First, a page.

Yes, serious critics of structural racism have an agenda for economic as well as cultural reform. But that agenda isn’t what’s being advanced: Chuck Schumer will take a knee in kente cloth, but he isn’t likely to pass a major reparations bill, the white liberals buying up the works of Ibram X.  Kendi aren’t going to abandon private schools or bus their kids to minority neighborhoods.  And in five years, it’s more likely that 2020’s legacy will be a cadre of permanently empowered commissars getting people fired for unwise Twitter likes rather than any dramatic interracial wealth redistribution.

I am in favor of the George Floyd protests.  The American criminal justice system needs to be fixed.  The supporters of the protests that I personally are not ideologues or members of any kind of elite.

They are decent people who react against the image of a man having the life systemically squeeze out of him in a public place.  They are not the kind of ideologues that Douthat describes, although they may be influenced by their books.

The problem is that they—and I—are sympathizers.  We are protesting injustice done to somebody else.  We are not protesting the things that affect all of us—industrial decline, unpayable debt, unaffordable medical care and so on.

The vast majority of us are in the same boat.  Our overall system needs to be fixed.  I hope we realize this and can act before it is too late.  Maybe the George Floyd protests will show us how to do it.


The Second Defeat of Bernie Sanders by Ross Douthat in the New York Times.

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2 Responses to “The old radicalism and the cultural revolution”

  1. Fred (Au Natural) Says:

    I think you’d enjoy a long conversation with my daughter. I had one last week when my wife and I went to visit.

    What she sees is that knee on that throat. All the political and philosophical discussion becomes irrelevant. Police violence is a part of it but medical care, education and economic opportunities are just more variations of the knee on the throat theme. I don’t think she cares if Bill Gates and Jeff Bezos have hundreds of billions between them as long as the people at the bottom aren’t getting crushed.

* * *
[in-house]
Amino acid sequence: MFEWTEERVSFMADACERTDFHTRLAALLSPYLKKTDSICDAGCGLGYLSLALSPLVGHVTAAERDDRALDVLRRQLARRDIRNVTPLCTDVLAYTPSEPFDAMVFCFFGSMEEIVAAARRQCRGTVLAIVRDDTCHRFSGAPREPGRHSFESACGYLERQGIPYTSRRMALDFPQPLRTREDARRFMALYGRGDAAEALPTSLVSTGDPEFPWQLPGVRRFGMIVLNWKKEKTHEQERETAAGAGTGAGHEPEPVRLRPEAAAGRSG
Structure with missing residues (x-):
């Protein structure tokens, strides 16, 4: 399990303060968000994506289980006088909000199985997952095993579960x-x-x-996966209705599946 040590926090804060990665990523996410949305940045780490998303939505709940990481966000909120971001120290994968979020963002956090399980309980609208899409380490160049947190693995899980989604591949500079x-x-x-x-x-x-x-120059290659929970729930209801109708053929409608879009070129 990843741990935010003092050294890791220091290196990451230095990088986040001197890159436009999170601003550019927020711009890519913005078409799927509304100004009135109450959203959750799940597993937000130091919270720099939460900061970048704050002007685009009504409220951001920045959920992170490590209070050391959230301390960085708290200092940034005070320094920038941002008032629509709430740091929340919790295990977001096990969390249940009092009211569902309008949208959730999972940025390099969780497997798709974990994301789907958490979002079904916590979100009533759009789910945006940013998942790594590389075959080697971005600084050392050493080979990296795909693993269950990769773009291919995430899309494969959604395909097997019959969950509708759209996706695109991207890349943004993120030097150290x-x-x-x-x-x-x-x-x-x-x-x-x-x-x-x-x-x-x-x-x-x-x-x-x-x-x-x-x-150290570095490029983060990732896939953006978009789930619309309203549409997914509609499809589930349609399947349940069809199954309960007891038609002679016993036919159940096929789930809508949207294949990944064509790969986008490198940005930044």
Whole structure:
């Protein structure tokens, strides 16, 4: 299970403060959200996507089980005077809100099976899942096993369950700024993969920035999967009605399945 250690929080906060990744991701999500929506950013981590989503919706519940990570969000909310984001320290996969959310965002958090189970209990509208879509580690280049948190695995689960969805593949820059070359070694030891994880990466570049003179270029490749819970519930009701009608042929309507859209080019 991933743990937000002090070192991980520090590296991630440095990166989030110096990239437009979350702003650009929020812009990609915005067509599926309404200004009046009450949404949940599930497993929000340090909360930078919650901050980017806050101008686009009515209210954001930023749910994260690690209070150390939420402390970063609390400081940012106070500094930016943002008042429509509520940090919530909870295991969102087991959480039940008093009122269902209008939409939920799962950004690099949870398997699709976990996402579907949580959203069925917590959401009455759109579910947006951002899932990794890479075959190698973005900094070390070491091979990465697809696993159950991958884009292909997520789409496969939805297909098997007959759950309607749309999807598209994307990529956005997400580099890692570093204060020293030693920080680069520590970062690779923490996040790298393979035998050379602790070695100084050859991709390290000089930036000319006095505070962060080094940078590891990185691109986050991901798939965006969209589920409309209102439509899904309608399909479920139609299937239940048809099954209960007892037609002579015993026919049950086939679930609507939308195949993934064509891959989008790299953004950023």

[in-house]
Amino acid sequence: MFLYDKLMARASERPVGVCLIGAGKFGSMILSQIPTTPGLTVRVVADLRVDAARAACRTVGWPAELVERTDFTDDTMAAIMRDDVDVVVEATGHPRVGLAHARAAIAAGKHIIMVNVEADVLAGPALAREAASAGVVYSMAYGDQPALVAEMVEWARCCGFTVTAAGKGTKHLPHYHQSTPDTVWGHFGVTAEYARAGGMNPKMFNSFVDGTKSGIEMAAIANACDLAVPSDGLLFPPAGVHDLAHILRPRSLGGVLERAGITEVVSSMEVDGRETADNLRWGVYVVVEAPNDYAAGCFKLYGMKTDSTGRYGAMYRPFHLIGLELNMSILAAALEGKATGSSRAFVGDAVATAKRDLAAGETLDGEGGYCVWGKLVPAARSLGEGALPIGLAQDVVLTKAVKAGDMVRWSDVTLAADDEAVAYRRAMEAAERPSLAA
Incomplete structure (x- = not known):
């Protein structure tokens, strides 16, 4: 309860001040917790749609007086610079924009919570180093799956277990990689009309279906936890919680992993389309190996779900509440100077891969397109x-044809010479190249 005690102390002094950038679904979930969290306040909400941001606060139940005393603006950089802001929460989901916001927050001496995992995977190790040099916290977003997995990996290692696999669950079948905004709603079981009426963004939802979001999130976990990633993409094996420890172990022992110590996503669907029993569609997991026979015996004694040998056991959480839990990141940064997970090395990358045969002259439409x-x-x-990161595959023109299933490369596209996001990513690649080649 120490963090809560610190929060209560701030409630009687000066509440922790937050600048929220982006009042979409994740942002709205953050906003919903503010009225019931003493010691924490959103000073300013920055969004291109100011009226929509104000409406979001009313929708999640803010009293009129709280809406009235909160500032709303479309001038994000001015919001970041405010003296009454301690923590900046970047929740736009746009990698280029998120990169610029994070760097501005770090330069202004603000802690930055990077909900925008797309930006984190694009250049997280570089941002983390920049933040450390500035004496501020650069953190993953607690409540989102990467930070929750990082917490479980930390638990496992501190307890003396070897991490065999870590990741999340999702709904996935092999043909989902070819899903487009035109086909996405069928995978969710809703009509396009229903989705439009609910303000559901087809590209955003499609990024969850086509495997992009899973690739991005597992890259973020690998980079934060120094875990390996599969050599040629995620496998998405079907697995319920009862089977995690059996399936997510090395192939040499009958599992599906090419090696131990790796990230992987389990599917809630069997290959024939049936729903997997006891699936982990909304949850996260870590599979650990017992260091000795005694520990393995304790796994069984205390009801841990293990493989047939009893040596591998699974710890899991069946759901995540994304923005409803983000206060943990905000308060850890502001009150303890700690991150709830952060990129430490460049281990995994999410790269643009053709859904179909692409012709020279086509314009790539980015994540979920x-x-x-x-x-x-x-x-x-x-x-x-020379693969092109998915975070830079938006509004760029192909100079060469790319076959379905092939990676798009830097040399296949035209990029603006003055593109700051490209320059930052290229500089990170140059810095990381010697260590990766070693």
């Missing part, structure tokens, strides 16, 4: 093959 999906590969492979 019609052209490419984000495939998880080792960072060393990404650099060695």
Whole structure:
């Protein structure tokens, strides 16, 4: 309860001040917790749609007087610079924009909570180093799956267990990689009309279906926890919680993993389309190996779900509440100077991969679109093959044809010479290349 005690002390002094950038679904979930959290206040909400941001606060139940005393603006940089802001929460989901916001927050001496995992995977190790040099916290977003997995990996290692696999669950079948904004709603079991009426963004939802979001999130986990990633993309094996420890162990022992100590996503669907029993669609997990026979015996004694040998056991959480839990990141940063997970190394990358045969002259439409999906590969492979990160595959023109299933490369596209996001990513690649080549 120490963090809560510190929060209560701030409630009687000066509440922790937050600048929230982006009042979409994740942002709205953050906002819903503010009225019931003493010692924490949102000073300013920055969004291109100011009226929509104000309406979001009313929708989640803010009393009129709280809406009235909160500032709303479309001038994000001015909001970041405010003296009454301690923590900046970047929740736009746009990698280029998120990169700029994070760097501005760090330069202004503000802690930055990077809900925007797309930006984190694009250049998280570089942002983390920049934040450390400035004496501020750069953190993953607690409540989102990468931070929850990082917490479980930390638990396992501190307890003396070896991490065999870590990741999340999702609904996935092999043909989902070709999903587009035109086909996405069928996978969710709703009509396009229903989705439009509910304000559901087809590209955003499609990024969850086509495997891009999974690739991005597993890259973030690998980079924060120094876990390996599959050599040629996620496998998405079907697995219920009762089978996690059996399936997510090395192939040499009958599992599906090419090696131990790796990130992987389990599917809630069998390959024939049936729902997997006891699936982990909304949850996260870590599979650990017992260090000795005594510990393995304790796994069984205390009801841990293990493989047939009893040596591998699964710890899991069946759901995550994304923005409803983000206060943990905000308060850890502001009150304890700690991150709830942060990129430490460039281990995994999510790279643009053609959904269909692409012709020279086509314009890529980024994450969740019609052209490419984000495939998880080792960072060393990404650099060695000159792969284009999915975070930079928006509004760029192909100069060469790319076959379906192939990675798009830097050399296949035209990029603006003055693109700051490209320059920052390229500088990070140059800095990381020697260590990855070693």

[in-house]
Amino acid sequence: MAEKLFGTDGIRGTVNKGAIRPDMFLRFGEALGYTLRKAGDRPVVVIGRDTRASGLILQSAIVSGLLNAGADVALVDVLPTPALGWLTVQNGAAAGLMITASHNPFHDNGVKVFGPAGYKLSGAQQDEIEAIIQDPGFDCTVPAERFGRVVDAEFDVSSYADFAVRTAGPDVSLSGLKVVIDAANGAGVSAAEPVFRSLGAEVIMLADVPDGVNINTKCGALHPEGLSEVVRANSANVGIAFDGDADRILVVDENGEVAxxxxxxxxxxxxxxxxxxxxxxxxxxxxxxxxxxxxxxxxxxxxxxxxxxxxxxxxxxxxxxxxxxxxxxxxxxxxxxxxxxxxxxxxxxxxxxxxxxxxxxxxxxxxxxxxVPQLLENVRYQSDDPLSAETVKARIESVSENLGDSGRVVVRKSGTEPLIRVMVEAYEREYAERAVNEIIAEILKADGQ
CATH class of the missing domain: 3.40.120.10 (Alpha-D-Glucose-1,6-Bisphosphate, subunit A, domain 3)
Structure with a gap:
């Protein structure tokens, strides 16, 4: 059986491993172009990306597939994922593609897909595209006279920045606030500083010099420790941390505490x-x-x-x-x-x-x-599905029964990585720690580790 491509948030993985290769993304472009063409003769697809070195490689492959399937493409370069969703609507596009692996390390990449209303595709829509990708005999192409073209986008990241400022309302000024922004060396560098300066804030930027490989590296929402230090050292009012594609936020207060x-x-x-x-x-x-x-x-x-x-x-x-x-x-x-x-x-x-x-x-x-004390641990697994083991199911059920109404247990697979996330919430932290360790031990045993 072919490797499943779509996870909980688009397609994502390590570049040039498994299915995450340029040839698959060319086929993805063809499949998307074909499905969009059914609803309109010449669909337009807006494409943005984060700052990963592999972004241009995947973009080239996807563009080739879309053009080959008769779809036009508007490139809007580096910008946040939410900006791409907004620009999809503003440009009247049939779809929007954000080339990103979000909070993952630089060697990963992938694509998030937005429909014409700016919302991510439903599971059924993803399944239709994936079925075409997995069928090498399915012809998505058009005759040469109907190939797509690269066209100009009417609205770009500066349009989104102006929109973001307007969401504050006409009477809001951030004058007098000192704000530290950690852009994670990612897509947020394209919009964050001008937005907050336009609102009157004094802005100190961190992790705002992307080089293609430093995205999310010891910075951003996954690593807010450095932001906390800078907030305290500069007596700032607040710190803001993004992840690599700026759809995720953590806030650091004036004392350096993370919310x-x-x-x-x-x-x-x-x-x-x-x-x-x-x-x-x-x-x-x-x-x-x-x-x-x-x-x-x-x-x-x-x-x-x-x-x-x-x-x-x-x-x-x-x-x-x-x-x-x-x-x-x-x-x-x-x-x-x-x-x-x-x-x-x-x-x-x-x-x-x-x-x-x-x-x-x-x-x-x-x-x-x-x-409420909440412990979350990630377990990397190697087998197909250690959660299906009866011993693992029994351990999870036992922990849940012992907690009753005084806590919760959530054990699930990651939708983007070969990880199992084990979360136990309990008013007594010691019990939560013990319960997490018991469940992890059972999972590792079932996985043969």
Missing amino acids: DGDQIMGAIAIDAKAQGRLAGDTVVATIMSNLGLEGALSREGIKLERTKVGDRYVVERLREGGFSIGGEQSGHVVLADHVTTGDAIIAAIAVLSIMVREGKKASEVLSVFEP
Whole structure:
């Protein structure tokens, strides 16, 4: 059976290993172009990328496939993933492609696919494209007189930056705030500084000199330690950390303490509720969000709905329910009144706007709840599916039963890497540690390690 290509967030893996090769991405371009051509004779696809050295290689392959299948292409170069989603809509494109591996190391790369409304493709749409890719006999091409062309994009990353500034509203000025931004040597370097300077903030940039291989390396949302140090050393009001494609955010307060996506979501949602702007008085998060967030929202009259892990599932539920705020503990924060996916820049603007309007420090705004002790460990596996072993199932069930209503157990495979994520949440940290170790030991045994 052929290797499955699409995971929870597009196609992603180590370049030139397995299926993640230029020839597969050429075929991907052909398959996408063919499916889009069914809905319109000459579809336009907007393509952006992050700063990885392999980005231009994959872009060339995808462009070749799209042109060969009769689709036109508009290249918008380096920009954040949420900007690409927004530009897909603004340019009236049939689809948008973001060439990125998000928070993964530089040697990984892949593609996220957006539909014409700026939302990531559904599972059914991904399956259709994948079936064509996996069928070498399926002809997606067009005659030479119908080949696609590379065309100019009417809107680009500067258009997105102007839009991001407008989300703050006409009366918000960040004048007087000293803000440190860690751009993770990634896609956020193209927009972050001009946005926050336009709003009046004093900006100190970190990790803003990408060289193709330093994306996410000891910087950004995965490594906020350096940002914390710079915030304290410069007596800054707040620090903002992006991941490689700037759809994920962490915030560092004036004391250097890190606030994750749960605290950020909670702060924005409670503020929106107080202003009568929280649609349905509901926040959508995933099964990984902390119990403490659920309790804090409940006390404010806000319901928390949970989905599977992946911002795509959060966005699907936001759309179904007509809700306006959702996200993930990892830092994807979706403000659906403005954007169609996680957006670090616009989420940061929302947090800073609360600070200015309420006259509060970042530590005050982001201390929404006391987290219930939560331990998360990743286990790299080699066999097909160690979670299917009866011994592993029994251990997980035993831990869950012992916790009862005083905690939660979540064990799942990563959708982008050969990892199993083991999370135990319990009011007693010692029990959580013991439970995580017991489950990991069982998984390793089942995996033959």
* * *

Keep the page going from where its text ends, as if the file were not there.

That’s a cultural issue, not an ideological one.

    Comparing yourself to billionaires or even those evil “2%ers” is a fool’s game and intentional misdirection by people who gain power by creating scapegoats. For the vast majority of people, there will always be those with far more and some with less. The question to ask is whether you have what you need to be happy, healthy, and upwardly mobile should you desire more.


    • philebersole Says:

      I probably would would agree with your daughter. What matters is the condition of the vast majority of Americans – the poor, working people and the middle class.

      And I agree it is not the problem is not just police violence. Education and economic opportunities are part of it. So are the erosion of the industrial economy, our perpetual (and losing) wars and our dysfunctional government’s inability to deal with the pandemic and climate-related weather catastrophes.

      Bill Gates and Jeff Bezos deserve some credit. Bill Gates played a big role in commercializing personal computers. Jeff Bezos created a new, highly-efficient retail distribution system.

      But both Bill Gates and Jeff Bezos created monopoly corporations. Microsoft and Amazon stifle competition and contribute to the stagnation of the U.S. economy. Both are tightly interlocked with the U.S. government

      Gates and Bezos are not scapegoats for the problem. They are part of the problem. I do not care whether they live lavishly or not. I do care about the power their wealth gives them over government and the direction of the U.S. economy.

      I don’t necessarily want to condemn them to living in relative poverty — that is, live like you and I do. Let them own as many houses and private planes as they can enjoy.

      I do want to take away their power.

      Liked by 1 person